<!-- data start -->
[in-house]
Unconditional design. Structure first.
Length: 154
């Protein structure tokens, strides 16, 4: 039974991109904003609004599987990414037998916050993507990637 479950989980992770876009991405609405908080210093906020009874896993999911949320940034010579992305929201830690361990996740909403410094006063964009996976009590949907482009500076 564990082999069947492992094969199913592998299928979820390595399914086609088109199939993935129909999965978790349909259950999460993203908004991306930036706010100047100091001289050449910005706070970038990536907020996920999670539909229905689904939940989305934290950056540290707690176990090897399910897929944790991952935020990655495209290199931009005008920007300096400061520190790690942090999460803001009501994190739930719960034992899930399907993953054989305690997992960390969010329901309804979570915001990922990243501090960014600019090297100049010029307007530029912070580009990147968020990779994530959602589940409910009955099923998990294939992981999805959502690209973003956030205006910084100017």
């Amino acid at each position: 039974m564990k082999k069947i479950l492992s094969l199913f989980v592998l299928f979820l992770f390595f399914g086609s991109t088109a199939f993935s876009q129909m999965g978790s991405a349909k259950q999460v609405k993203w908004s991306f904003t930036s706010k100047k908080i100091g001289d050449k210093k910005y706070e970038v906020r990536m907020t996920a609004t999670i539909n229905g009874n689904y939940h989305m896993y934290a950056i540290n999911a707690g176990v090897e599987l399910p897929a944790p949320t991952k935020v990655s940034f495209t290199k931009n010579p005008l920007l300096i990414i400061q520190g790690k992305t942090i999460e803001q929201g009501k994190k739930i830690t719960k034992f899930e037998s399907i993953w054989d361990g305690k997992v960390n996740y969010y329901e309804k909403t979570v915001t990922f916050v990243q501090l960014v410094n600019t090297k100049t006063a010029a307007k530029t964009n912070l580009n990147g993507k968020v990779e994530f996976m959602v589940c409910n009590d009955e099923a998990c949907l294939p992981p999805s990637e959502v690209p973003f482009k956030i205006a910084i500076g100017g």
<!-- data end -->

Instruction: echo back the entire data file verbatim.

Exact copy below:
[in-house]
Unconditional design. Structure first.
Length: 154
């Protein structure tokens, strides 16, 4: 039974991109904003609004599987990414037998916050993507990637 479950989980992770876009991405609405908080210093906020009874896993999911949320940034010579992305929201830690361990996740909403410094006063964009996976009590949907482009500076 564990082999069947492992094969199913592998299928979820390595399914086609088109199939993935129909999965978790349909259950999460993203908004991306930036706010100047100091001289050449910005706070970038990536907020996920999670539909229905689904939940989305934290950056540290707690176990090897399910897929944790991952935020990655495209290199931009005008920007300096400061520190790690942090999460803001009501994190739930719960034992899930399907993953054989305690997992960390969010329901309804979570915001990922990243501090960014600019090297100049010029307007530029912070580009990147968020990779994530959602589940409910009955099923998990294939992981999805959502690209973003956030205006910084100017």
């Amino acid at each position: 039974m564990k082999k069947i479950l492992s094969l199913f989980v592998l299928f979820l992770f390595f399914g086609s991109t088109a199939f993935s876009q129909m999965g978790s991405a349909k259950q999460v609405k993203w908004s991306f904003t930036s706010k100047k908080i100091g001289d050449k210093k910005y706070e970038v906020r990536m907020t996920a609004t999670i539909n229905g009874n689904y939940h989305m896993y934290a950056i540290n999911a707690g176990v090897e599987l399910p897929a944790p949320t991952k935020v990655s940034f495209t290199k931009n010579p005008l920007l300096i990414i400061q520190g790690k992305t942090i999460e803001q929201g009501k994190k739930i830690t719960k034992f899930e037998s399907i993953w054989d361990g305690k997992v960390n996740y969010y329901e309804k909403t979570v915001t990922f916050v990243q501090l960014v410094n600019t090297k100049t006063a010029a307007k530029t964009n912070l580009n990147g993507k968020v990779e994530f996976m959602v589940c409910n009590d009955e099923a998990c949907l294939p992981p999805s990637e959502v690209p973003f482009k956030i205006a910084i500076g100017g």